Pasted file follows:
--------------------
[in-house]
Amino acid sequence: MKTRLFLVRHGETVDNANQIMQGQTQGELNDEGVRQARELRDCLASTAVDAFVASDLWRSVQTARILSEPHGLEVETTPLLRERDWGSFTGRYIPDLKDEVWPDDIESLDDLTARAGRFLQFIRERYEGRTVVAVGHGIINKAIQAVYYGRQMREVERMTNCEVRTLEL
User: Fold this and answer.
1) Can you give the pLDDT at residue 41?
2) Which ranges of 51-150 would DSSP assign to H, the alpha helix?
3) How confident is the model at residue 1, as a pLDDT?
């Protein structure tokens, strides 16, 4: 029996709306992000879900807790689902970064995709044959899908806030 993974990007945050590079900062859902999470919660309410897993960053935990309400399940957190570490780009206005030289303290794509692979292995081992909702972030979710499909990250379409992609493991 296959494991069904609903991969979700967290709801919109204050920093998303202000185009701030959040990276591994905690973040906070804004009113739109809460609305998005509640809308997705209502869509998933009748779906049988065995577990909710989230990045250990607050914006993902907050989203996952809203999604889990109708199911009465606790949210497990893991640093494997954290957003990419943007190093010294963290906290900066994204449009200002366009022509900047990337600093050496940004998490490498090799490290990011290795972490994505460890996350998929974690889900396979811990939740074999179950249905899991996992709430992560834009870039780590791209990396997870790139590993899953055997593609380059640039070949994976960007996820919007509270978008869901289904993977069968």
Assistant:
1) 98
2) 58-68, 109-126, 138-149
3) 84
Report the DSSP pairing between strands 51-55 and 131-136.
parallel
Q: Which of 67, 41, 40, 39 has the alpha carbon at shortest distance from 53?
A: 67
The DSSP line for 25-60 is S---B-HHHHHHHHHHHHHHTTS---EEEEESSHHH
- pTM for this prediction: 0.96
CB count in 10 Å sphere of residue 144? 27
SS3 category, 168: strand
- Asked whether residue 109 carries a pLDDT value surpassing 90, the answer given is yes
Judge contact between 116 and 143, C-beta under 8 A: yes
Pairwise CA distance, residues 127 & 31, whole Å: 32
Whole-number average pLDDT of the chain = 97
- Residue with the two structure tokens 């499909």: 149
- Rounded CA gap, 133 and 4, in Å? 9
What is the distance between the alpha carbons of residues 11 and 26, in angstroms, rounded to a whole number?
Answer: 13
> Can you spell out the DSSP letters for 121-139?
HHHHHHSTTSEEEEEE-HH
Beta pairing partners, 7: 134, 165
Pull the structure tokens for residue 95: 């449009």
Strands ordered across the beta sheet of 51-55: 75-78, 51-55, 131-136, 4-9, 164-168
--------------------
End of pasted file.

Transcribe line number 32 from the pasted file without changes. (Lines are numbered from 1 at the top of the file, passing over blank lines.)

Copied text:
Strands ordered across the beta sheet of 51-55: 75-78, 51-55, 131-136, 4-9, 164-168